Heisman Winner Cam Newton's Dad: Cheating or Overparenting?Robin Aronson
Last week, Cam Newton, the sensational quarterback playing for Auburn, won the Heisman trophy. Newton’s been at the center of not a little controversy because his father, Cecil Newton, allegedly sought a payment of $100,000-$180,000 from the schools recruiting him. Cecil Newton has been demonized by the press, including John Osborne, my colleague here on Strollerderby for being a greedy and overbearing parent.
And yet, it’s not like anyone who pays even the littlest bit of attention to big time college sports, particularly college football and basketball, could say these programs are squeaky clean and there to support their student athletes. No. For big football and basketball schools, big money is at stake. It’s money that the athletes earn but don’t keep. The athletes participate with the hope that they’ll be rewarded with professional fame and, especially, fortune. But the road from college to pro-sports is long and unpredictable. So is a parent who tries to work the system to his family’s advantage, like Cecil Newton did, undermining his son or protecting his interests? Is he overparenting or appropriately parenting?In a post on The Daily Beast, Buzz Bissinger, who wrote Friday Night Lights, the book, thinks that Cecil Newton did the right thing by his family. His one complaint? That Newton didn’t ask for more. He writes:
“Yes, major college football could provide Cam Newton with a shot at the pros. Unless he got hurt, which happens all the time, or the even greater likelihood that he would never make the transition. Being great in college football has no correlation to being great or even mediocre as a professional. Just talk to the thousands who have been squashed like road kill.”
When I was thinking about this post, my colleague Madeline shared an interview with sports writer Greg Dorhmann about his new book Play Their Hearts Out about a youth basketball league in LA. Dohrmann followed a team assembled by a guy because he wanted to make a lot of money. And he did. His players started with him at 10 and 11 years old, they were mostly African American, many from single parents home struggling to get by. Some made it to division 1 basketball teams, some didn’t. The first comment on the interview site says of the success or failure of these kids, “It all comes down to parenting.” Dohrmann agreed. Parents who are involved, who stress the importance of school, who protect their kids from the greedy coaches and shoe companies who want to sign up teen phenoms to sell sneakers and coaches who want to make money from their players, these are the parents who help their kids negotiate the brutal system of pre-professional sports.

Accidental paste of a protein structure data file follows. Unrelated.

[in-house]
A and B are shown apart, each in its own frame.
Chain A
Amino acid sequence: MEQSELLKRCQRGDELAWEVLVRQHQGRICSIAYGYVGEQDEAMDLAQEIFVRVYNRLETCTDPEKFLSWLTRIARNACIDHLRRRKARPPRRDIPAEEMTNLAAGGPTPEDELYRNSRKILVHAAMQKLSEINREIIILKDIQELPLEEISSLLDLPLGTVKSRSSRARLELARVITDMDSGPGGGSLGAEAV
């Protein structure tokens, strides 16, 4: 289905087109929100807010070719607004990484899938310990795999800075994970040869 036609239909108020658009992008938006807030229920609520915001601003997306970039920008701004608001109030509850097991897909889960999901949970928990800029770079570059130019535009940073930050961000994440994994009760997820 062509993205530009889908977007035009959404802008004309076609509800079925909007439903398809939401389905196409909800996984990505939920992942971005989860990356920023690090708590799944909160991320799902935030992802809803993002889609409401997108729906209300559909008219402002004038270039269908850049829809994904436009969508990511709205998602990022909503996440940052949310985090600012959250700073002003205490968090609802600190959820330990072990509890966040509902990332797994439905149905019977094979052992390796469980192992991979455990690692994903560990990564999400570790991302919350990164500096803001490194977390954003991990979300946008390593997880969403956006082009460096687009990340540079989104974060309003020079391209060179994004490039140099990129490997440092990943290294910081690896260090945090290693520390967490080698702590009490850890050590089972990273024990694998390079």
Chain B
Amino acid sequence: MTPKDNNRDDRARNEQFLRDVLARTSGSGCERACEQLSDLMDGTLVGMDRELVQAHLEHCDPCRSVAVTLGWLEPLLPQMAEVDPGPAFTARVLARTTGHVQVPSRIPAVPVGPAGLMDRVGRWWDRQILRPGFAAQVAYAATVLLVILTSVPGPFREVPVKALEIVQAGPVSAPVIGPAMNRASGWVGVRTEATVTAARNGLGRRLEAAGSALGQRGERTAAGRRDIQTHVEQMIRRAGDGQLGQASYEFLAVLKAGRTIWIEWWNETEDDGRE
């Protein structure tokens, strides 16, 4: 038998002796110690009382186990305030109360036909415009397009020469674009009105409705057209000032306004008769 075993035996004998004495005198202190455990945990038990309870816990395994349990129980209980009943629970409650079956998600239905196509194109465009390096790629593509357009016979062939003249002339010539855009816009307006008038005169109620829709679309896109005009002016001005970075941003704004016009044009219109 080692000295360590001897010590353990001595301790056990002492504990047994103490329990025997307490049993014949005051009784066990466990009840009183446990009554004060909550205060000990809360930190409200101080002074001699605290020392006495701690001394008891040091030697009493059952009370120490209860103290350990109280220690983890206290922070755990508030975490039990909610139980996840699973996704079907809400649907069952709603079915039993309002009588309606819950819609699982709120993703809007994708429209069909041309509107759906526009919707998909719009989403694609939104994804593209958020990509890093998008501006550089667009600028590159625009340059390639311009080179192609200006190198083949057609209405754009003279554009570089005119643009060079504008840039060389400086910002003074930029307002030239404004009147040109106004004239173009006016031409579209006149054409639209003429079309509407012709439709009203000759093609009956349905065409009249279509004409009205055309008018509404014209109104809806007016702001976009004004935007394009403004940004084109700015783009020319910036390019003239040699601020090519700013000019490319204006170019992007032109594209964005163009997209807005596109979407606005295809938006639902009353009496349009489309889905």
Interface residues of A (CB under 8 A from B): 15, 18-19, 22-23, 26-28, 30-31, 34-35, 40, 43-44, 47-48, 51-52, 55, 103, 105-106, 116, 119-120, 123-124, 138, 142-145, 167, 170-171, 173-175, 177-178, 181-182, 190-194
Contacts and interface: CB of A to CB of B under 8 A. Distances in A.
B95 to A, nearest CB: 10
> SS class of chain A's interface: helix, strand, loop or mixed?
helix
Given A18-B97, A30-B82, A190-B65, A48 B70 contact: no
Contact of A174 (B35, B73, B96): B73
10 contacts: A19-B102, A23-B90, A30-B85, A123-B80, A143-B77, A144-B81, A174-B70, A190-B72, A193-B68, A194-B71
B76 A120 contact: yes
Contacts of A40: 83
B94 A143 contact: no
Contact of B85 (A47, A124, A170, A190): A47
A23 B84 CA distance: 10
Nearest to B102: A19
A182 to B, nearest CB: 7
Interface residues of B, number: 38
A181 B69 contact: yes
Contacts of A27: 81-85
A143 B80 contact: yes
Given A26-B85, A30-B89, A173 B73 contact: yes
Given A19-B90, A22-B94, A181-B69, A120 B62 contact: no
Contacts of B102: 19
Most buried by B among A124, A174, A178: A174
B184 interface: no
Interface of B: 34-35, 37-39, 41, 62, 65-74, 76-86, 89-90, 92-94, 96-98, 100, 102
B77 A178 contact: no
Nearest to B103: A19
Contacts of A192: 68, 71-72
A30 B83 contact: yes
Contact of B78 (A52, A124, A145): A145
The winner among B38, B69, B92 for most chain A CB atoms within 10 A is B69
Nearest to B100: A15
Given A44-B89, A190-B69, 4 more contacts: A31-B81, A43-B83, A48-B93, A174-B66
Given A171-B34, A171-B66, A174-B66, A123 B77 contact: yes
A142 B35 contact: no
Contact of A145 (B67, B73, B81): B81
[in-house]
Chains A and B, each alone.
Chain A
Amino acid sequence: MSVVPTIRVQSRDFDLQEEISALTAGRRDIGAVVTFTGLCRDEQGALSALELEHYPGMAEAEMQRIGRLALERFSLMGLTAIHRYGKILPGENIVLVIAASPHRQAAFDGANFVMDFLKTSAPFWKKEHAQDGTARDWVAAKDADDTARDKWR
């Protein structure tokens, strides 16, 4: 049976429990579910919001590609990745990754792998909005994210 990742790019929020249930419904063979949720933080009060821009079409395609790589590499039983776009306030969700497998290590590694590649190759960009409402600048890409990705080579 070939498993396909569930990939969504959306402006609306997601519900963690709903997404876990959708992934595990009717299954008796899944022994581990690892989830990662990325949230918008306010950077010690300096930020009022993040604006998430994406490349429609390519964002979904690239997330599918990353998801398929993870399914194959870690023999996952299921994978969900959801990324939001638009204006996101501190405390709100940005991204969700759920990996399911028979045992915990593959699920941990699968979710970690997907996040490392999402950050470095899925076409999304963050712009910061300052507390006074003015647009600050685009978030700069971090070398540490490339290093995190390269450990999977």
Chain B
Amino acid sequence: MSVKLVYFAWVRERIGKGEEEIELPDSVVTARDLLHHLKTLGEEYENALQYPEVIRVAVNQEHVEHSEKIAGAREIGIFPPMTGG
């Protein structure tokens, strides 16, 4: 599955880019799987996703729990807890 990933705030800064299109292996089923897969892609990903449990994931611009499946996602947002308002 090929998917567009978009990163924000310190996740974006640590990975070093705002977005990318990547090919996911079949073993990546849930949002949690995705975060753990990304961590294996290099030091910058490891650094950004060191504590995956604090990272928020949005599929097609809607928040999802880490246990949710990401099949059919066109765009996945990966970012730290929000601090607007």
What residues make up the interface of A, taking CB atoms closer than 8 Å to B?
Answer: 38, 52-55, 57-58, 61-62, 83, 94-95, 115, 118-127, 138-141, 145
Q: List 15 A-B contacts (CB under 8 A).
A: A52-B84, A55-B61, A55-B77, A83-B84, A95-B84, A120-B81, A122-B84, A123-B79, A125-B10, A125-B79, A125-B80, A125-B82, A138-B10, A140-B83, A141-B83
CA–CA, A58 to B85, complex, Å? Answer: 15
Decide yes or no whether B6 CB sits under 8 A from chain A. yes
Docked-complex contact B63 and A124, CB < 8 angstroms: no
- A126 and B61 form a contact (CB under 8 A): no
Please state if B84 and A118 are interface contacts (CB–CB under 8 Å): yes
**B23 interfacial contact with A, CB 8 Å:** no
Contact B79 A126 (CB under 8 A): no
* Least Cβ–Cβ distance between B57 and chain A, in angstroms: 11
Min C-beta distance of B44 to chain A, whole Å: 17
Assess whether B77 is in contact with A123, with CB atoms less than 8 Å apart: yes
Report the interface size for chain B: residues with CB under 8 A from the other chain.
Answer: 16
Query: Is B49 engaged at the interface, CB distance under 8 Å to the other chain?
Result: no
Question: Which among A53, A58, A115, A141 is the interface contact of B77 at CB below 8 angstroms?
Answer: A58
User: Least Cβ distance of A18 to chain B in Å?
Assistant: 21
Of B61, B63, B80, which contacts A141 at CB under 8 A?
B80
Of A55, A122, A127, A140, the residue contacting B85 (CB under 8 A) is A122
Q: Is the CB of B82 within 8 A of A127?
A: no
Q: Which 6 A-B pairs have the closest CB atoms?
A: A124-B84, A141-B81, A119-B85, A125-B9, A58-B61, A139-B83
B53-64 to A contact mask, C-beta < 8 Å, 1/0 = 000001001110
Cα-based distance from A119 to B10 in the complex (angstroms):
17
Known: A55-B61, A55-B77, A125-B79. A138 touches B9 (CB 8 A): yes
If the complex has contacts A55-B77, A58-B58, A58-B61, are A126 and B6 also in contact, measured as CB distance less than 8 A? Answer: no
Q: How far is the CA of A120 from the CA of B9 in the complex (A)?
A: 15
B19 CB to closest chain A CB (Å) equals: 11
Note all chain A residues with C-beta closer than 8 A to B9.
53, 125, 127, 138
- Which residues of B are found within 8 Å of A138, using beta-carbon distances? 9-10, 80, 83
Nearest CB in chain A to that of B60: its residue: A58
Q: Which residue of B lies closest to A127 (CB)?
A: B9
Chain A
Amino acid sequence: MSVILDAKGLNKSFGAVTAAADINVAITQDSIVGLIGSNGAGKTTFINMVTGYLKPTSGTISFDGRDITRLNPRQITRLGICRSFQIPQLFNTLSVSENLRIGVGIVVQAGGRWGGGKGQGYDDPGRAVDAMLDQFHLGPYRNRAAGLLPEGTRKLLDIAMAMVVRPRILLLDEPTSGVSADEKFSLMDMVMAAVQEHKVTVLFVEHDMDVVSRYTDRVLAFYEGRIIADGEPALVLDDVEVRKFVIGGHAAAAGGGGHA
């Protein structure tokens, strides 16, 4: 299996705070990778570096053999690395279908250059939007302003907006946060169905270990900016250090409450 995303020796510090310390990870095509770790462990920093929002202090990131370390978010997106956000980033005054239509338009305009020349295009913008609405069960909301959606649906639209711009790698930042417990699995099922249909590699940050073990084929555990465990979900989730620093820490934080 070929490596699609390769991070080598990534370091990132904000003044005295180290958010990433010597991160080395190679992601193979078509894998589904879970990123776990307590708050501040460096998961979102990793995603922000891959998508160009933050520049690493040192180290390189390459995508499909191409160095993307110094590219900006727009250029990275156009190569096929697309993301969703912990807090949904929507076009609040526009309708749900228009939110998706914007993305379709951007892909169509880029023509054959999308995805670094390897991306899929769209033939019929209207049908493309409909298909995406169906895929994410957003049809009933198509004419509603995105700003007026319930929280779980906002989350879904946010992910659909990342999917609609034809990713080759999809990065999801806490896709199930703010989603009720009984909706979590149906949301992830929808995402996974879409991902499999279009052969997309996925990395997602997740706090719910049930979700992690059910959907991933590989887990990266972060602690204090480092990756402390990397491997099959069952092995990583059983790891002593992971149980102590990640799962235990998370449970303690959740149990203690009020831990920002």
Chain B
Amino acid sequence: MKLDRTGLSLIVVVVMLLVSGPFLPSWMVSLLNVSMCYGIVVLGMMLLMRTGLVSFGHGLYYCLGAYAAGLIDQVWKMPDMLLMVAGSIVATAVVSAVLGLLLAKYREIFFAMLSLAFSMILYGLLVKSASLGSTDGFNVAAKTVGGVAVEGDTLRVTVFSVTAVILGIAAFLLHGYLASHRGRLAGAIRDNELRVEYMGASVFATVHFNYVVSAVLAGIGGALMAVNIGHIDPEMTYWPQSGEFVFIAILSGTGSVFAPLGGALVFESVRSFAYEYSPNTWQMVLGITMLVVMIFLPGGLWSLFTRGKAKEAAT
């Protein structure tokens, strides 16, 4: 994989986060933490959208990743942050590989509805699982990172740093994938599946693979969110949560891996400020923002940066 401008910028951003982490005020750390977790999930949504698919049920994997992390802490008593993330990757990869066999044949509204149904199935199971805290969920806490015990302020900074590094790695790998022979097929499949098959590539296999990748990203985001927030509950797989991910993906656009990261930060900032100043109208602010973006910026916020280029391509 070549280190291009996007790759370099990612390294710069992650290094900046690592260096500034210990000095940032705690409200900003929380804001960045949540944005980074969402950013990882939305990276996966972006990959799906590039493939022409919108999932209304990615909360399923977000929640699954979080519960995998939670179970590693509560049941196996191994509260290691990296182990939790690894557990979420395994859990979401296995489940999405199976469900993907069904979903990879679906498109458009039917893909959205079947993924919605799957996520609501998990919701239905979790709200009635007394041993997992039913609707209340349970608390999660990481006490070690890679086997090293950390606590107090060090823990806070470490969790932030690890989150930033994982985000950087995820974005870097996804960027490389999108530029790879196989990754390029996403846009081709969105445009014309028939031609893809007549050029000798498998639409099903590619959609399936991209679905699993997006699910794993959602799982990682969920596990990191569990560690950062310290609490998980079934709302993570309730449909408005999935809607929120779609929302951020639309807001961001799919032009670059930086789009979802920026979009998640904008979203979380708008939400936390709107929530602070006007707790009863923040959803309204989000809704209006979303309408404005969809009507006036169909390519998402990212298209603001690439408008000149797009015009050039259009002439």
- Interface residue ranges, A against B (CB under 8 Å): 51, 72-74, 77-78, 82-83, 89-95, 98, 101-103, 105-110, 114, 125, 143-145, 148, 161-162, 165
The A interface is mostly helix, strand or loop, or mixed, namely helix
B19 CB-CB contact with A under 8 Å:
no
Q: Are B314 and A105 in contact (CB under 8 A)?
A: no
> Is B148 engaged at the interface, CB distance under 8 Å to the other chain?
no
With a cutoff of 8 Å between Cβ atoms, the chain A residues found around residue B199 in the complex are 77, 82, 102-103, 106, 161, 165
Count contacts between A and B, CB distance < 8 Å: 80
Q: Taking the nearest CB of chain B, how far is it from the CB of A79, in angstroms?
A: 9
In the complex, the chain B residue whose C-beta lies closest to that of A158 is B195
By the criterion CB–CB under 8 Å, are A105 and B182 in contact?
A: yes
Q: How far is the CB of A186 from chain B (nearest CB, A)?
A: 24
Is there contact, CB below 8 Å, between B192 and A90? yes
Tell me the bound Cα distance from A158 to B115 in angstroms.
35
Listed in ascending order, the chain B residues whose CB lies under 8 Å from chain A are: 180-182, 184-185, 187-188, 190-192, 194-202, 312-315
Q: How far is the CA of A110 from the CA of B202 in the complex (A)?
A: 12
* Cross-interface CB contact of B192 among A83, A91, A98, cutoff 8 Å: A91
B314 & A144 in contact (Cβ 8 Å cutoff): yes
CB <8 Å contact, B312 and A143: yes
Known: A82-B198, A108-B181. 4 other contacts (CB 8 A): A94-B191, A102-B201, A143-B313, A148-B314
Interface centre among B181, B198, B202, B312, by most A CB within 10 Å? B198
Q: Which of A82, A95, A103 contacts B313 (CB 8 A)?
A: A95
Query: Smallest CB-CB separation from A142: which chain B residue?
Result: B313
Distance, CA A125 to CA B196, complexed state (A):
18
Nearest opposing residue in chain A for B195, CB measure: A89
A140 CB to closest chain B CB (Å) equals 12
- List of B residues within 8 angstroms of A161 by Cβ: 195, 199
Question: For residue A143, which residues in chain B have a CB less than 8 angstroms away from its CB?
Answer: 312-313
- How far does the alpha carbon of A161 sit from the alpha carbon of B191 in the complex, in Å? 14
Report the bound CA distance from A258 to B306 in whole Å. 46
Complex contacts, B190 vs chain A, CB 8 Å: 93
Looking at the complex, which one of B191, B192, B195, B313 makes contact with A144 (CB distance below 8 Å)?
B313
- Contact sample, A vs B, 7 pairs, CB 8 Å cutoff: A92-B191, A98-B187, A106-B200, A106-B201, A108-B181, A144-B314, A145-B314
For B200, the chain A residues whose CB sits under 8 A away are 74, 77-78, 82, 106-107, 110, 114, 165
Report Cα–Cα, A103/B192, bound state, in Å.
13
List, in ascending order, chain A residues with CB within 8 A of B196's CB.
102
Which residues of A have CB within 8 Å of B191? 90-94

At one point in the interview with Dohrmann, though, the interviewer asks about sports in Orange County. There, the athletes are excellent, too, and the parents are presumably more affluent and stable. Well, Dohrmann jokes, in Orange County, the parents are the problem, not the solution.
So, here we are. When you’re a vulnerable parent, when you don’t have a lot of resources and you’re working a few jobs, it must be easy to lose your child to the dream of professional sports, a dream that’s unlikely to pan out even if it’s so much more alluring than school work. But if you’re a middle class or upper middle class parent, it seems just as easy to become the Billy Ray Cyrus of the sidelines.
I don’t know anything about Cam Newton or his family’s socio-economic situation, but I know that Auburn made a fortune from his play and will make even more whether or not Auburn beats Oregon on January 10th in the BCS title game. (I don’t understand anything about college football rankings except that everyone complains about them.) I know that the big time college sports programs are money making machines fueled by television ads and shoe and athletic gear companies. That machine feeds the agents and lawyers and coaches and the feeding starts young. The role of money in “amateur” sports is a truth that dares not speak its name. But the role of parents? Everyone has something to say about that.
I’m not so sure what I think about Cecil Newton. He broke the rules by asking for money, that’s for sure. Maybe a parent from a place like Orange County would’ve held out for the professional pay day. Maybe that parent could afford to. I don’t know. Sometimes parents try to capitalize on their children’s dreams, sometimes they’re trying to protect them. No matter which side of that line Cecil Newton is on, considering the playing field he and his son are on, his side of the story doesn’t strike me as all wrong, even if the NCAA says it is. What do you think?